Ever since I began playing FPS games on Xbox One, I’ve used headsets with cords. The Xbox One doesn't support Bluetooth and therefore doesn't support third-party Bluetooth wireless headsets except by direct connection via an Xbox wireless controller. There's some nuance involved in choosing the right wireless headset for Xbox One, and it was easier to invest in something I could use with a variety of electronics.
The HyperX CloudX Flight for Xbox One turned me into a wireless convert.
Developed Specifically for Xbox One
HyperX developed this headset, which operates at 2.4 GHz frequency, with an eye toward Xbox One's compatibility challenges. Microsoft approved the final product. It charges via USB. Players can control game audio, voice audio, overall game sound and mute options directly from the headset itself. The microphone component is detachable so it's not in the way when a user chooses to use the headset to listen to music. Though more expensive than a run of the mill headset (it retails for $159.99), the benefits make it well worth the cost.
For what it's worth, it's unlikely I'd have previously considered a wireless headset even if it was extremely easy to set it up on Xbox One. I'm not keen on things like possible sound interference, audio stuttering, lag and communication issues that simply don’t happen with wired audio products. There was too much potential for sound interference or for the headset sound to become static as I walked through my living space. My main game is Apex Legends, a battle royale game that requires players to rely heavily on sound awareness in order to make tactical decisions. Optimal sound quality is a key aspect of the gameplay.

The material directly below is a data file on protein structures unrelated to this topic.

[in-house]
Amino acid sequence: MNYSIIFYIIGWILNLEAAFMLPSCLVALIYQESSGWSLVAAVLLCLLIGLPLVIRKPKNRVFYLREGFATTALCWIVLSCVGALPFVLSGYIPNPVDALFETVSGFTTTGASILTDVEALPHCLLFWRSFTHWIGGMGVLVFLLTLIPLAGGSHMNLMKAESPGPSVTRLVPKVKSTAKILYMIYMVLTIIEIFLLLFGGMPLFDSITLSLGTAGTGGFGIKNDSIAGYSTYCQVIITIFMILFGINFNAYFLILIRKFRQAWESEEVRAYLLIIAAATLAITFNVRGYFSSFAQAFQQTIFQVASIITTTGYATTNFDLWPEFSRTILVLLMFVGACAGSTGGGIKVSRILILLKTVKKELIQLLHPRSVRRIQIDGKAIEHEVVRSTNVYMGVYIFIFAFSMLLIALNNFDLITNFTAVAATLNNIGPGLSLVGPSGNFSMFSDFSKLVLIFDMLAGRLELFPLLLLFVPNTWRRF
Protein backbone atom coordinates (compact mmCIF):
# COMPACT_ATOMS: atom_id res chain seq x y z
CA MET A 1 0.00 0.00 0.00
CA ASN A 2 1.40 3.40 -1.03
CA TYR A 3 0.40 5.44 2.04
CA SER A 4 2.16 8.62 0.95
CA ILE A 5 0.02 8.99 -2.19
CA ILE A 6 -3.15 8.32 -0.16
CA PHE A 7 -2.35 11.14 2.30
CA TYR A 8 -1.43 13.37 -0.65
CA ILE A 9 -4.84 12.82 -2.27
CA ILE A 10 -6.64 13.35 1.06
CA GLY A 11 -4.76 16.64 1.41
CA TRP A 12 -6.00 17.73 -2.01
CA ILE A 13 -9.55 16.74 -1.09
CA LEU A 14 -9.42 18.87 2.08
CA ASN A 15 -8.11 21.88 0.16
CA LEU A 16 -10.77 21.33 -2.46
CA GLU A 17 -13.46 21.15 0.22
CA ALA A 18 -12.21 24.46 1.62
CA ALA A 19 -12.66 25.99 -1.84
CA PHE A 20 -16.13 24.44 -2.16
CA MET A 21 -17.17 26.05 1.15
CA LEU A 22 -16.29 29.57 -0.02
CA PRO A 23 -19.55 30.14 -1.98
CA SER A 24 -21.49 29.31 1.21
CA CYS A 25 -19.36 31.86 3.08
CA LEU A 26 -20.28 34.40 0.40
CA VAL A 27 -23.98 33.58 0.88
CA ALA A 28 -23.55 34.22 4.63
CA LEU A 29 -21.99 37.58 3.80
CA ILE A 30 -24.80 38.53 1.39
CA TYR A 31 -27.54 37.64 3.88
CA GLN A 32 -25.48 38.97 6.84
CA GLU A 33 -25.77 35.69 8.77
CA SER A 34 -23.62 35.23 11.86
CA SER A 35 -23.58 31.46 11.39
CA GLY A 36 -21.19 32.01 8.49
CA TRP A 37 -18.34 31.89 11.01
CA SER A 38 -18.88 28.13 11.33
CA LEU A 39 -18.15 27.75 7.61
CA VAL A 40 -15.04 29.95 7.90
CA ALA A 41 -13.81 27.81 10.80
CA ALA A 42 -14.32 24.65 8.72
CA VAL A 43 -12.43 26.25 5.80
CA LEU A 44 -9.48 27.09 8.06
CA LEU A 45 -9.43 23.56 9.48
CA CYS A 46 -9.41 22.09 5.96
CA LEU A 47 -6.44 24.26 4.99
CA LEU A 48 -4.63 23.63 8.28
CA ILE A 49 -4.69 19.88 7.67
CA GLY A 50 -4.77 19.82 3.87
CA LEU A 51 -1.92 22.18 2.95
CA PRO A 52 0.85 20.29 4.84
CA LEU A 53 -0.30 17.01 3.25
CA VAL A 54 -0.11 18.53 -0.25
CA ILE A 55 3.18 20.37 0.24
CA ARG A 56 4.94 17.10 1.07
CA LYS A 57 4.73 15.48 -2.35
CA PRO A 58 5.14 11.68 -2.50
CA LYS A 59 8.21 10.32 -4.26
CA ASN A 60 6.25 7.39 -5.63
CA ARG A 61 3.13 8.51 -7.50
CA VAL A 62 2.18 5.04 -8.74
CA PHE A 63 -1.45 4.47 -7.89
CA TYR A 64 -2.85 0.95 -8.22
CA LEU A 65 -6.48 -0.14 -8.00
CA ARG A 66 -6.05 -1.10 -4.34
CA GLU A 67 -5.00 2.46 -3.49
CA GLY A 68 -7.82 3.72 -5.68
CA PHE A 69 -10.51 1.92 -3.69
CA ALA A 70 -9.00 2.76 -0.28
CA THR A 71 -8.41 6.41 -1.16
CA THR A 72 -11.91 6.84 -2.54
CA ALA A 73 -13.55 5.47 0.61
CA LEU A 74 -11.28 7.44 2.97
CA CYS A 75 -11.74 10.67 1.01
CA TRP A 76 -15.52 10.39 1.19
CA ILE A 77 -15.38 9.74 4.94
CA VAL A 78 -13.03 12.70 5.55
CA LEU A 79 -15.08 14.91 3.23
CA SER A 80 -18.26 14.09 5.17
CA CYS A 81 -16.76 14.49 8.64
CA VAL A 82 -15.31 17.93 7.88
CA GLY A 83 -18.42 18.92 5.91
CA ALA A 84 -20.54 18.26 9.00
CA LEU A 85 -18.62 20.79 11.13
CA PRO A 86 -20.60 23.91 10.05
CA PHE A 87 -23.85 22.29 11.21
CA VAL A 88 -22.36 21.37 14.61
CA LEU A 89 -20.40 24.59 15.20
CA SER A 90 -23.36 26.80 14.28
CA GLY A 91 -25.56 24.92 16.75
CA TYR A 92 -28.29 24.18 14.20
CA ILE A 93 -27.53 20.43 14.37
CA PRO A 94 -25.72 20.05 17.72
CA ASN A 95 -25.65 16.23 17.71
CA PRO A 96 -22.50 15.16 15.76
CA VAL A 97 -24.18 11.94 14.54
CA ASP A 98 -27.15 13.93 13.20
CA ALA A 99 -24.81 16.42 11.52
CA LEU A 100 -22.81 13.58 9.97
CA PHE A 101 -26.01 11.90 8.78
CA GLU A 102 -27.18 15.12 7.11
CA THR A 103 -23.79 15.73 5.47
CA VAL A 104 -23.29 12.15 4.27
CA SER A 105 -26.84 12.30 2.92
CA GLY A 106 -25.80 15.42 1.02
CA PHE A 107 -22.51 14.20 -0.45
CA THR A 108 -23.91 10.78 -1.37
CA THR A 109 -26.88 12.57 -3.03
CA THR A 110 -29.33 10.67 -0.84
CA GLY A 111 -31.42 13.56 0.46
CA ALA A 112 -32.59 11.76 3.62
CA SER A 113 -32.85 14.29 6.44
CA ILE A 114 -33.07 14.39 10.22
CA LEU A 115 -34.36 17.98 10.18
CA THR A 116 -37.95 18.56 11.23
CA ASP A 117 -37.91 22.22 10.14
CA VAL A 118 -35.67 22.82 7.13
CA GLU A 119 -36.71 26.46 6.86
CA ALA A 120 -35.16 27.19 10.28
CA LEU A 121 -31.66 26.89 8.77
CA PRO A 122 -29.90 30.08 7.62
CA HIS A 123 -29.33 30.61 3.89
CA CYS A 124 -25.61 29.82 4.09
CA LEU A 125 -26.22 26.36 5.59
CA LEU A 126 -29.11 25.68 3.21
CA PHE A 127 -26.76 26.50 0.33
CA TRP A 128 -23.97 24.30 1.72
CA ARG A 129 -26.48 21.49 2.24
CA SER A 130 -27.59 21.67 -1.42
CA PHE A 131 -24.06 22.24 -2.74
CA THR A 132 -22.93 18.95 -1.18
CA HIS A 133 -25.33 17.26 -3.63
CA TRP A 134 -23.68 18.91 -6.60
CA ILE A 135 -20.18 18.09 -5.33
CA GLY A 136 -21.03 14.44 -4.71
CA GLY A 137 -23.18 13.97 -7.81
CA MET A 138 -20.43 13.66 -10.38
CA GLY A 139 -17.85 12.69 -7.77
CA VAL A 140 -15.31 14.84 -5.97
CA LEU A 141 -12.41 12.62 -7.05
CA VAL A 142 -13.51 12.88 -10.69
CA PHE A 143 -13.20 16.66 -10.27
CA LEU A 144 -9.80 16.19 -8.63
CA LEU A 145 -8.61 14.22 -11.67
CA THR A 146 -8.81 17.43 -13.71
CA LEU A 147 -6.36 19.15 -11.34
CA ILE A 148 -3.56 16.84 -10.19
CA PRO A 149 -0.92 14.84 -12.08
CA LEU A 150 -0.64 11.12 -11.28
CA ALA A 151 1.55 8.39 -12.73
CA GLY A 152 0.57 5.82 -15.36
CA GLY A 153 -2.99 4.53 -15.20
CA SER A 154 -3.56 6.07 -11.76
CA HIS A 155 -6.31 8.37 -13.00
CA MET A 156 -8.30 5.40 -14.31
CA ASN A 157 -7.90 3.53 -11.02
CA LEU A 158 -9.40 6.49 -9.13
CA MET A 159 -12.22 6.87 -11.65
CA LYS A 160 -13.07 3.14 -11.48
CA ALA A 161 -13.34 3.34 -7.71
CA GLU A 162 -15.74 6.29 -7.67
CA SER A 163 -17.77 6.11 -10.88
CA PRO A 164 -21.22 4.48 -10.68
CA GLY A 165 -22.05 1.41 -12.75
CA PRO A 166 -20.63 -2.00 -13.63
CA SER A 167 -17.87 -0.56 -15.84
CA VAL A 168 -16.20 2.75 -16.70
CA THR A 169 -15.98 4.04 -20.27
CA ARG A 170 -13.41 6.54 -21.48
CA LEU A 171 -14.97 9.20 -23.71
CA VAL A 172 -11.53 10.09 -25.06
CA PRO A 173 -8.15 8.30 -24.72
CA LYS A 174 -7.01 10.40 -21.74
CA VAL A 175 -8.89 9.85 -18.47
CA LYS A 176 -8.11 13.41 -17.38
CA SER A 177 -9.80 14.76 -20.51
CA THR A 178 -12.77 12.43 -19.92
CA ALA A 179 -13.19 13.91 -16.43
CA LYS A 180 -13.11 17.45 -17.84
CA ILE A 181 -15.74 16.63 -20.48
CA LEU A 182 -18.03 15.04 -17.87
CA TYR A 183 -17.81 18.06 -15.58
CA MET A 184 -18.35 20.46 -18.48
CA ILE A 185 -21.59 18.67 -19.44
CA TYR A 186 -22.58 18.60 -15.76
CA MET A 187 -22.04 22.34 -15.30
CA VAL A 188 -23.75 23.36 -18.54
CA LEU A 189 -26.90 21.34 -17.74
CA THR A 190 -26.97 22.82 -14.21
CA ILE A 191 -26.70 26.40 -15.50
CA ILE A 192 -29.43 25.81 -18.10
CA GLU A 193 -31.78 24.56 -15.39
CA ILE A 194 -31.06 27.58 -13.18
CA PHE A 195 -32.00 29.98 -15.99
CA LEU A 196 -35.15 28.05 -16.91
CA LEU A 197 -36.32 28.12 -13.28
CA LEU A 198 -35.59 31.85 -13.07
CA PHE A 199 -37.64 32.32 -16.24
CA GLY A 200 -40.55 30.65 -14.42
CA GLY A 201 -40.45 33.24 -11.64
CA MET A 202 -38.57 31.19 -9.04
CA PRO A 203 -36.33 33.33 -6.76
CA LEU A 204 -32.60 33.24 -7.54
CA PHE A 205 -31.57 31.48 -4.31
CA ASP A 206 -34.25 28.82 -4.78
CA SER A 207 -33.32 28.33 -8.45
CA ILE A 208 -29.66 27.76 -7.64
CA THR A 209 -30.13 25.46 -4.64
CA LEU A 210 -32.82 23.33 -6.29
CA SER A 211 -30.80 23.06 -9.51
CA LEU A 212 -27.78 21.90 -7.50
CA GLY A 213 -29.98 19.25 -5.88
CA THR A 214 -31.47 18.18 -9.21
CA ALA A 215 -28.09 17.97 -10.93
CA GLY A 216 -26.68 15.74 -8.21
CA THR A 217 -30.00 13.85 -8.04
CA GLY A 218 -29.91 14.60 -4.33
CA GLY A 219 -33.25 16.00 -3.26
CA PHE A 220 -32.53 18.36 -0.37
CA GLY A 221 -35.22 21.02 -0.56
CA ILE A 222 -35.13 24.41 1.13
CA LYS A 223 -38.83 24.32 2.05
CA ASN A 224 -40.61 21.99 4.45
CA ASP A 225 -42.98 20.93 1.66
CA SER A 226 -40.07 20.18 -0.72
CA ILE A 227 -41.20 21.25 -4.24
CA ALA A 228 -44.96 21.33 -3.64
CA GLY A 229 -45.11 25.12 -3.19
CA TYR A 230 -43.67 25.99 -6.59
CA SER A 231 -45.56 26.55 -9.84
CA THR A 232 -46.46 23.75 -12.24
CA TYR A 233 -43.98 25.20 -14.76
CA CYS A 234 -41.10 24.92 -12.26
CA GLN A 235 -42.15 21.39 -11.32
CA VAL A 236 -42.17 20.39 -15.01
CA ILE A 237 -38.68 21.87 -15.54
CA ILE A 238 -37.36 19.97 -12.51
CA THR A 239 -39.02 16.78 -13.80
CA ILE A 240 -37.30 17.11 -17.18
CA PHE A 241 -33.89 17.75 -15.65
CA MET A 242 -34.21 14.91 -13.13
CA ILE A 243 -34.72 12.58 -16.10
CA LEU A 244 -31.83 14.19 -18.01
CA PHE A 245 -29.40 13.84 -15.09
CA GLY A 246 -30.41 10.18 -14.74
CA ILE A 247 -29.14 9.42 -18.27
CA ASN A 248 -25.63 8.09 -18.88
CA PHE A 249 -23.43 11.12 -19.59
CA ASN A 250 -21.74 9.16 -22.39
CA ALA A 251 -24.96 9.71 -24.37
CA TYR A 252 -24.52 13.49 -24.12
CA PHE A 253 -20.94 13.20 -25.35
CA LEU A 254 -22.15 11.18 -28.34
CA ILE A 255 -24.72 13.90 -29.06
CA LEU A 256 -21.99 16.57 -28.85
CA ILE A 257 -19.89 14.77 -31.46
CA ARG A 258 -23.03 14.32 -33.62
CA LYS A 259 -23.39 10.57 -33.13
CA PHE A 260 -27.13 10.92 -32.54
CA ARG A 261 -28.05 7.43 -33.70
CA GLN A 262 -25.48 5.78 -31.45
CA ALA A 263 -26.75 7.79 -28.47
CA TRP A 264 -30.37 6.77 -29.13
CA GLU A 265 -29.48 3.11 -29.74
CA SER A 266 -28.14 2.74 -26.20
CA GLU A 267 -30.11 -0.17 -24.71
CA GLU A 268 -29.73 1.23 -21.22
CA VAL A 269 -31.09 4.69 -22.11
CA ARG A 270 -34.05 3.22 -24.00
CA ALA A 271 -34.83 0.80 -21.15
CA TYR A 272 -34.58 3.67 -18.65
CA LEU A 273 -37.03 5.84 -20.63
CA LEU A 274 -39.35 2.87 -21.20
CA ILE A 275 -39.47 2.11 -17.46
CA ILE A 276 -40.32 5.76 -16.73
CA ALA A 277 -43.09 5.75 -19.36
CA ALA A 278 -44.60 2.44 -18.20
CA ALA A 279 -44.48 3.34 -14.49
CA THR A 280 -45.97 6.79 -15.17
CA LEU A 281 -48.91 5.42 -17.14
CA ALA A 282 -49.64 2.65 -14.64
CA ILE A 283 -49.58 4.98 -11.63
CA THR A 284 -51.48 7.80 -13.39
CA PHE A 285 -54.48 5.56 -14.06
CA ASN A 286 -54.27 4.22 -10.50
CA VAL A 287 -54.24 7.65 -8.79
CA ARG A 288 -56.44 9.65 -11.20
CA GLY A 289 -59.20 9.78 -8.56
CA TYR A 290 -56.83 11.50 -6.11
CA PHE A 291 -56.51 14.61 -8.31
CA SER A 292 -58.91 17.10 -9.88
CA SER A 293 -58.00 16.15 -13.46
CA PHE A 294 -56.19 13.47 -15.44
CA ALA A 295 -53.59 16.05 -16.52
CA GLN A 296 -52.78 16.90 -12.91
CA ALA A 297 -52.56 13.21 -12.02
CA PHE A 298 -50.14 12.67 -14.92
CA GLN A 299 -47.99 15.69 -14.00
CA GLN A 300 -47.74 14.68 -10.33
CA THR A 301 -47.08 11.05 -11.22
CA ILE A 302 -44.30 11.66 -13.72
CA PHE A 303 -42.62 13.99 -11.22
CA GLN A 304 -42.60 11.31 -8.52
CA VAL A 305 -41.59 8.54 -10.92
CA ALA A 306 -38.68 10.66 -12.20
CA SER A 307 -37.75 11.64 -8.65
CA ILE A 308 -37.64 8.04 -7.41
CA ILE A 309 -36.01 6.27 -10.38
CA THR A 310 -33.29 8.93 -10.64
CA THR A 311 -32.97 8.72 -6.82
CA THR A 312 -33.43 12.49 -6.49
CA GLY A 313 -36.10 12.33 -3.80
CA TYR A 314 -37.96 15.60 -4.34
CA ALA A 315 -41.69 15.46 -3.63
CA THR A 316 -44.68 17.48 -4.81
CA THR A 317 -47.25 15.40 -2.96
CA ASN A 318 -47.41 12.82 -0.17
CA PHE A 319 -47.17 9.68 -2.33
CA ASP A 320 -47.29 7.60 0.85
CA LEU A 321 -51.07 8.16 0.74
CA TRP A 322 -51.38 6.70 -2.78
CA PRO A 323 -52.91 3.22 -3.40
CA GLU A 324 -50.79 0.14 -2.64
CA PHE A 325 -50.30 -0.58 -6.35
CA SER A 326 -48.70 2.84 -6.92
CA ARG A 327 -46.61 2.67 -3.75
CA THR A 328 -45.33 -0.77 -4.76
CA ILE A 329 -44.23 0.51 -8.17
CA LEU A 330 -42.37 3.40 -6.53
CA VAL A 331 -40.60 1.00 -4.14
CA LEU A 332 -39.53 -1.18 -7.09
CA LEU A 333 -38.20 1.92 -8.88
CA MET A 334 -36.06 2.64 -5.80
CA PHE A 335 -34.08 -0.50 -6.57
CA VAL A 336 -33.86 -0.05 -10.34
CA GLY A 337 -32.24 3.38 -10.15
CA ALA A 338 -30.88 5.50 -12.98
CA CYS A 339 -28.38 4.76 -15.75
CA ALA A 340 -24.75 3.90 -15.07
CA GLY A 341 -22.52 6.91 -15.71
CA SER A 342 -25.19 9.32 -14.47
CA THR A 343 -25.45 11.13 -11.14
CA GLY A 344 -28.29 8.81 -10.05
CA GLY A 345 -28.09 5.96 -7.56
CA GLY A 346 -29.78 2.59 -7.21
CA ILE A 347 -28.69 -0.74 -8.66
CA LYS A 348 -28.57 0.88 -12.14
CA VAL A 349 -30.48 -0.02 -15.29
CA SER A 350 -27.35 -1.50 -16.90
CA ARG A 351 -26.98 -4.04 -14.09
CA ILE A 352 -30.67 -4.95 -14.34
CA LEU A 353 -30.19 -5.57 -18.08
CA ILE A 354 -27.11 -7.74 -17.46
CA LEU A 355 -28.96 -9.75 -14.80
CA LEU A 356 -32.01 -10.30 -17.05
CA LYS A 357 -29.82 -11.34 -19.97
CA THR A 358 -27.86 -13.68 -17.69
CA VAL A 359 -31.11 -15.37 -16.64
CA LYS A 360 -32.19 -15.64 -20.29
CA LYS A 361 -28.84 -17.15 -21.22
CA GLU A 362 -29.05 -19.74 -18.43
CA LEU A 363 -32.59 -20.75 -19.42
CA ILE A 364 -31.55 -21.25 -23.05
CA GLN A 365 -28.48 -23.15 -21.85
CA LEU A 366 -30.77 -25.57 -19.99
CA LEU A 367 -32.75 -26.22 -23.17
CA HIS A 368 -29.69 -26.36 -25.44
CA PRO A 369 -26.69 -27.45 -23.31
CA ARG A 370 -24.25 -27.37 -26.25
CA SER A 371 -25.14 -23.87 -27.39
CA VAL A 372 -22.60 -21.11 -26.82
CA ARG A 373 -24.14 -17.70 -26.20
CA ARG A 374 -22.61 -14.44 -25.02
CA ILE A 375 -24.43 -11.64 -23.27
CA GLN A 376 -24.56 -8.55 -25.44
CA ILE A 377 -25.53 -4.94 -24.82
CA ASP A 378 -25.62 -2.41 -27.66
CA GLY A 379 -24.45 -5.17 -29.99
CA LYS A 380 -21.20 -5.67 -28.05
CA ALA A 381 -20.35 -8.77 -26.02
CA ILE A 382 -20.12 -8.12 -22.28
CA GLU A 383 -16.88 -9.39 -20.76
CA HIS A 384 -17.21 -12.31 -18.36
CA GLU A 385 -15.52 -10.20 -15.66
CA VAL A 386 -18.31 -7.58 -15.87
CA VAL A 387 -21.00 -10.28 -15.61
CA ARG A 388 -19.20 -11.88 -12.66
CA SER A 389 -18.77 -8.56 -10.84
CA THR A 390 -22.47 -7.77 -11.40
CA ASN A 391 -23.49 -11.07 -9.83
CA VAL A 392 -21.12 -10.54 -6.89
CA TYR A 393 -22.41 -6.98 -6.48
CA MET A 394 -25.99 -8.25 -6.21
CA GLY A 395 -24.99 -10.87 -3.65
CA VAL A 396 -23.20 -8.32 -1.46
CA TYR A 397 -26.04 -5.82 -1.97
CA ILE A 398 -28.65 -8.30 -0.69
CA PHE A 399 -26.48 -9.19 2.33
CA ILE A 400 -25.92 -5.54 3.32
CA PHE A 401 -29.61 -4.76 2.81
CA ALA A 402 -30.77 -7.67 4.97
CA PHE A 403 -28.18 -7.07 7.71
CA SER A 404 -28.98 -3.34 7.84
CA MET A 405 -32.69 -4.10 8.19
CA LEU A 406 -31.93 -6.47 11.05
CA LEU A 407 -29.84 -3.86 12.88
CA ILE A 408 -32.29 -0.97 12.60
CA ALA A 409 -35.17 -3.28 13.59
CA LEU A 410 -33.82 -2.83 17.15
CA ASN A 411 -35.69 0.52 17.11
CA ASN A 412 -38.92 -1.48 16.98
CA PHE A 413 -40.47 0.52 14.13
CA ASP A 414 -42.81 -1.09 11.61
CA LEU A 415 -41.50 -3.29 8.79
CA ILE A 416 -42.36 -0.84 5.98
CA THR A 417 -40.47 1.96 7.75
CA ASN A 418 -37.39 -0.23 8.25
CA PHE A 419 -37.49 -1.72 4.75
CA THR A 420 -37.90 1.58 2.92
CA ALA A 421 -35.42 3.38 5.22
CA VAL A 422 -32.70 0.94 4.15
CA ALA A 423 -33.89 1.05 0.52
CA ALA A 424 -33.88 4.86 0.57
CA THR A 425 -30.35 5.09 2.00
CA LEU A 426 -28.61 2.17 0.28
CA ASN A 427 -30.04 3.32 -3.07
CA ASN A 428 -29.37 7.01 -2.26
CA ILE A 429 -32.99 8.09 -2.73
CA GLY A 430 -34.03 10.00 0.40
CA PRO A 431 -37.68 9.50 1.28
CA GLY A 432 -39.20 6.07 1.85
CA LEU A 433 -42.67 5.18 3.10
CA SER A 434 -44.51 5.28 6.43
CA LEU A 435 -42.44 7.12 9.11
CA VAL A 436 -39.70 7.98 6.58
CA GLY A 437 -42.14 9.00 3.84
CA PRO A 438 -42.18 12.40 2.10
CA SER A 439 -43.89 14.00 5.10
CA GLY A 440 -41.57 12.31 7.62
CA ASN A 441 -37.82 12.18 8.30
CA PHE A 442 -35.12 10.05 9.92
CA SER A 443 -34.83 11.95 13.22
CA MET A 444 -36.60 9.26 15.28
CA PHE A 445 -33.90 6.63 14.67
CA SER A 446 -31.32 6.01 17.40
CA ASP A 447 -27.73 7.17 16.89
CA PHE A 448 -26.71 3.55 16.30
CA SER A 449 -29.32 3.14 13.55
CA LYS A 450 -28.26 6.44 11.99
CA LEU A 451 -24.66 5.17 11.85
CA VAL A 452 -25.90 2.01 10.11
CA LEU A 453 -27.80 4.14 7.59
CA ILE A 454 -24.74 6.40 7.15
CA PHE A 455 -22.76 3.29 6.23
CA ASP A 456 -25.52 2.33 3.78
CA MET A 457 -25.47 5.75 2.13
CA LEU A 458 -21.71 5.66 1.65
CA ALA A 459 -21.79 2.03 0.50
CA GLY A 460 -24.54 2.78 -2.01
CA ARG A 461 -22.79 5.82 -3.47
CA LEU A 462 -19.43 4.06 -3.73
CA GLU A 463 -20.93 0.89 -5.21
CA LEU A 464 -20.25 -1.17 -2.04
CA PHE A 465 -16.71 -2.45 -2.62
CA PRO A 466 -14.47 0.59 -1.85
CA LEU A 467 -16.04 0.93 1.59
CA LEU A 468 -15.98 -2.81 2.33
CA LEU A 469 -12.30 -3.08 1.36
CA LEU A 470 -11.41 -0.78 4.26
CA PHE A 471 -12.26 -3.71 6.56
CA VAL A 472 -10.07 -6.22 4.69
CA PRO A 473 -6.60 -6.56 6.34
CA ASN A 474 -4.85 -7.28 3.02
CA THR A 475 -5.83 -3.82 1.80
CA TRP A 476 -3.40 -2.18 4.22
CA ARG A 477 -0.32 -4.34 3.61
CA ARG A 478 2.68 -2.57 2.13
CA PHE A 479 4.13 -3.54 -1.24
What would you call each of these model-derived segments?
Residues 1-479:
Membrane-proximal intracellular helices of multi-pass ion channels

The HyperX CloudX Flight for Xbox One proves these audio stuttering fears unfounded. The headset works extremely well, and the sound quality is as high as that of any wired option I've ever tried.
Wireless Audio Made Simple
There’s a lot to love about this headset. First of all, it requires little setup. It will work almost immediately as long as the headset is charged, the wireless USB dongle is plugged in and the headset is turned to the “on” position. It’s far simpler than most third-party accessories, which often require the use of special applications for gimmicky customizations.
It also gives the freedom to walk around without a cord holding me back. For the past several years, I’ve had to say, “Be right back,” take off my headphones and abandon my post for several minutes as I got up to refill my drink or warm up a slice of pizza during loading screens. With this headset, I'll never have to do that again.
There’s also the side tone, which allows me to hear my own voice in the headset. Not all headsets have this functionality. By hearing myself, I can keep my voice at a reasonable level. Otherwise, I frequently raise my voice as I play since it's hard to police my own volume through a noise-cancelling headset.
HyperX claims the CloudX Flight for Xbox One lasts up to 30 hours. I didn’t time the battery life, but I was able to use it for a very long time even when I neglected to charge it between uses. With a two-year warranty, there's plenty of time to continue to test it.
A Few Downsides